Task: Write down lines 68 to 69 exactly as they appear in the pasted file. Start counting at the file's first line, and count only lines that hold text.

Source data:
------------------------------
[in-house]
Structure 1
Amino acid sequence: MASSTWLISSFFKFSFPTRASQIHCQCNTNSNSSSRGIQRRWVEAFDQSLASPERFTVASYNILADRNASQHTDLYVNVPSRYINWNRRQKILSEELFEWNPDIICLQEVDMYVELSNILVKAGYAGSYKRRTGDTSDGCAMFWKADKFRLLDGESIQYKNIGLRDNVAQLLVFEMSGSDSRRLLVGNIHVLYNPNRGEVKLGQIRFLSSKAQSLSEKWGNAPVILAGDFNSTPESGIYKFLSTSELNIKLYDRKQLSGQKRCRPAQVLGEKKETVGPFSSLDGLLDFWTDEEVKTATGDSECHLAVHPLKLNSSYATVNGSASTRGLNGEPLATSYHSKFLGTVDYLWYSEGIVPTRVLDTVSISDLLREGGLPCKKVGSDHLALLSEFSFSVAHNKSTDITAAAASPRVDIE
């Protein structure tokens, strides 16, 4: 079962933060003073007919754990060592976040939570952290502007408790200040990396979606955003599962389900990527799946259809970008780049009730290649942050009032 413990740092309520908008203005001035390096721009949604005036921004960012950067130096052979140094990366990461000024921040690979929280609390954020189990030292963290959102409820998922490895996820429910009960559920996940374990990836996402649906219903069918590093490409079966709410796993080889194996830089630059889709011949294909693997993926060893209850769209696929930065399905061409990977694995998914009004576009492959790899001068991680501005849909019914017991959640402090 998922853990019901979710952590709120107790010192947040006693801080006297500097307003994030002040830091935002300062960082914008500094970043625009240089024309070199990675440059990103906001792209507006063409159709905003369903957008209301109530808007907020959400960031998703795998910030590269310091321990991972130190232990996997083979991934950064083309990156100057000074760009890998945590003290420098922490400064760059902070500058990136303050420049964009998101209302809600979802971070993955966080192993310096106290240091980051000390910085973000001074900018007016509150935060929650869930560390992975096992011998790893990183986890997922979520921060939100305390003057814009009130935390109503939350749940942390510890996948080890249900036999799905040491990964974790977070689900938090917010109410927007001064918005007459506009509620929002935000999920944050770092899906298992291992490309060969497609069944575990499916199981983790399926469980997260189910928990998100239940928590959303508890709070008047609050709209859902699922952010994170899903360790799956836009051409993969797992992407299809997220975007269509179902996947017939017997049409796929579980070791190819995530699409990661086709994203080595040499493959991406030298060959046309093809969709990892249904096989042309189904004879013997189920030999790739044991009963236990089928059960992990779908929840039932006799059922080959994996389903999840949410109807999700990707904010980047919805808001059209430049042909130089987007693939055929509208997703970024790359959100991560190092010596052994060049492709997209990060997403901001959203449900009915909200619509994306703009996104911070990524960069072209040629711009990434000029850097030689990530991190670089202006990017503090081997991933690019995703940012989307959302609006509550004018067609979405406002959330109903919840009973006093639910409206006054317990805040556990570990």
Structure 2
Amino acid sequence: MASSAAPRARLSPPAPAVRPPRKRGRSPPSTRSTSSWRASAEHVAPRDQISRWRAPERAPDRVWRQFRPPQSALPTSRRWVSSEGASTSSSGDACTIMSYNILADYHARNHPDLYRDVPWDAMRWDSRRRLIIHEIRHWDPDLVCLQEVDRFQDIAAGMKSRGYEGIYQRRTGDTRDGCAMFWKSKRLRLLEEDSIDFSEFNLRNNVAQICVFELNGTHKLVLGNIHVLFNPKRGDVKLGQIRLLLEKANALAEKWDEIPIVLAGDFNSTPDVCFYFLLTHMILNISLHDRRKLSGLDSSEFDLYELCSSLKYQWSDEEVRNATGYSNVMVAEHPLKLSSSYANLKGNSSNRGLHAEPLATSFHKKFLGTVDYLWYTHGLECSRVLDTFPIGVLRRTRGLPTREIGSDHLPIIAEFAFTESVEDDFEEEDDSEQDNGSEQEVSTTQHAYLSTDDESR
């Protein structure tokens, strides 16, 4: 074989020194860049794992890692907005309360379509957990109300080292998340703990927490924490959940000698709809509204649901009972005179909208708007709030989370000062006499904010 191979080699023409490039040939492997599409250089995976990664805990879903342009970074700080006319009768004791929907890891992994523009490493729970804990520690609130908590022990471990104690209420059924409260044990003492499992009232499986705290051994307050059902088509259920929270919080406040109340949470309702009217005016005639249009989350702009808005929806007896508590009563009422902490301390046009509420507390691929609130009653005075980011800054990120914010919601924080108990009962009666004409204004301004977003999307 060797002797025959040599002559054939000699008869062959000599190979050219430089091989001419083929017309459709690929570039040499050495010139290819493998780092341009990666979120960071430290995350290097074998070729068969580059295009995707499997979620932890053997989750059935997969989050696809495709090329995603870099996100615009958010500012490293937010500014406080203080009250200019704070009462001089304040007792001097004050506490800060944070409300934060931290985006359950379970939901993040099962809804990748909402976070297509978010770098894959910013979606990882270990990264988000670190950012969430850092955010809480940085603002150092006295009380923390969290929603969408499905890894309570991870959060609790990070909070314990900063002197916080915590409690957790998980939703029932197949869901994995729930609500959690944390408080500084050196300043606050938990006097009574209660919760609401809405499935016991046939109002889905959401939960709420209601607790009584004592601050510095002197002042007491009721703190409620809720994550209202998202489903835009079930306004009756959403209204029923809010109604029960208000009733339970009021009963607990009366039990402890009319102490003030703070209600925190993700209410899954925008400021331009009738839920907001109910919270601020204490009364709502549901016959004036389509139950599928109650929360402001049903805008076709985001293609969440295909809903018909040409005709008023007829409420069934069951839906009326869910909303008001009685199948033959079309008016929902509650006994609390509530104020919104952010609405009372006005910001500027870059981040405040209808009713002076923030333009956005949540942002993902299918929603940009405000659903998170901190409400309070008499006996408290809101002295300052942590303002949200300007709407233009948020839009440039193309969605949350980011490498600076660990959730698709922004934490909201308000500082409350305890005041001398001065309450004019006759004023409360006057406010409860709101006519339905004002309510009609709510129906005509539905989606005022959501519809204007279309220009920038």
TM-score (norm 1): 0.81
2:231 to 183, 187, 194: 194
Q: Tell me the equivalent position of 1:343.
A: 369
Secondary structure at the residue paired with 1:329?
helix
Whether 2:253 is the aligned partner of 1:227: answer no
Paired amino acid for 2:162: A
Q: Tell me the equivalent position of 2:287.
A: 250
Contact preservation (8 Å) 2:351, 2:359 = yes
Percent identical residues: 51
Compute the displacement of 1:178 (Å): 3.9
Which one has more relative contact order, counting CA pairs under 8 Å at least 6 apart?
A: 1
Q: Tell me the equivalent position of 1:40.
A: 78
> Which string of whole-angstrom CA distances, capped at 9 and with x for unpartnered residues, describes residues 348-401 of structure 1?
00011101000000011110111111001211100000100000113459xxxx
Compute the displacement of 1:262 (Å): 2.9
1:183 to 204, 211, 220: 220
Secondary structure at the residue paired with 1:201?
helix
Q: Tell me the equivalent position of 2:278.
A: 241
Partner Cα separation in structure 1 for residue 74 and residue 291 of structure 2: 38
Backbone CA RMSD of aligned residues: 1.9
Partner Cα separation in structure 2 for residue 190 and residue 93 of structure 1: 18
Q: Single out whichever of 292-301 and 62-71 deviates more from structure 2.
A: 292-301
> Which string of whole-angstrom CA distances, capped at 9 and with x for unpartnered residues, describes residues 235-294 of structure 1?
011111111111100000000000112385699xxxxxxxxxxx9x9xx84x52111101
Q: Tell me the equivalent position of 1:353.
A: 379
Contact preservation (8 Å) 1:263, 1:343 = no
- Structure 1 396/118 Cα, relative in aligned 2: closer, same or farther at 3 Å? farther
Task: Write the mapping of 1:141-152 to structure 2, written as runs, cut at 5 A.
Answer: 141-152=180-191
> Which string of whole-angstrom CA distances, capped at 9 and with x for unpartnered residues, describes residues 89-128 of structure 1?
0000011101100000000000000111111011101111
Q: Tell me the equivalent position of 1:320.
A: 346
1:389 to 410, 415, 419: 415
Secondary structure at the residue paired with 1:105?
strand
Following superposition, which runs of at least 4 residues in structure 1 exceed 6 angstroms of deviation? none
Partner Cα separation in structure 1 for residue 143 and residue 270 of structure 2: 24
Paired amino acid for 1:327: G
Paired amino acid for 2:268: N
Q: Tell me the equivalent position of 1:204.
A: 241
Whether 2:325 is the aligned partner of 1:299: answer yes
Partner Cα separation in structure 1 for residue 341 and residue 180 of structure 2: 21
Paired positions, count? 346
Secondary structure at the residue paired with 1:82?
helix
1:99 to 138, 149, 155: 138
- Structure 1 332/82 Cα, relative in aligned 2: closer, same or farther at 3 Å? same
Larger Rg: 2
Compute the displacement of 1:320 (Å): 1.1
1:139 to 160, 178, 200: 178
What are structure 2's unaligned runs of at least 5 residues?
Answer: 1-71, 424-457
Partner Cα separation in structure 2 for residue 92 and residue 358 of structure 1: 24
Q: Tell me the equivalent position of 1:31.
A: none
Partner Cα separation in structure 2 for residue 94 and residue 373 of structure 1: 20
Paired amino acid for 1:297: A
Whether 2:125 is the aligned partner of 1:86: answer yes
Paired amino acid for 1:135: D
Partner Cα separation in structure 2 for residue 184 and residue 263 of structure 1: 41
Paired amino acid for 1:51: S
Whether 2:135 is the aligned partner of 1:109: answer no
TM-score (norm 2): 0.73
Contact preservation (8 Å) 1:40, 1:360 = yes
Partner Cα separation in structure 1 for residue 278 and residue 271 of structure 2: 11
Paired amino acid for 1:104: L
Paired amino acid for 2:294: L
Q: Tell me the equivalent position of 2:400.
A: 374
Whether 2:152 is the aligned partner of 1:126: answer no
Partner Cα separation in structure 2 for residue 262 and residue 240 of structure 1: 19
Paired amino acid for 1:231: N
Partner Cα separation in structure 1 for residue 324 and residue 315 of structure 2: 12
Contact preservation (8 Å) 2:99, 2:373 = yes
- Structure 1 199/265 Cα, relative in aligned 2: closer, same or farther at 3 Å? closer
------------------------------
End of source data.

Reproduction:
1:139 to 160, 178, 200: 178
What are structure 2's unaligned runs of at least 5 residues?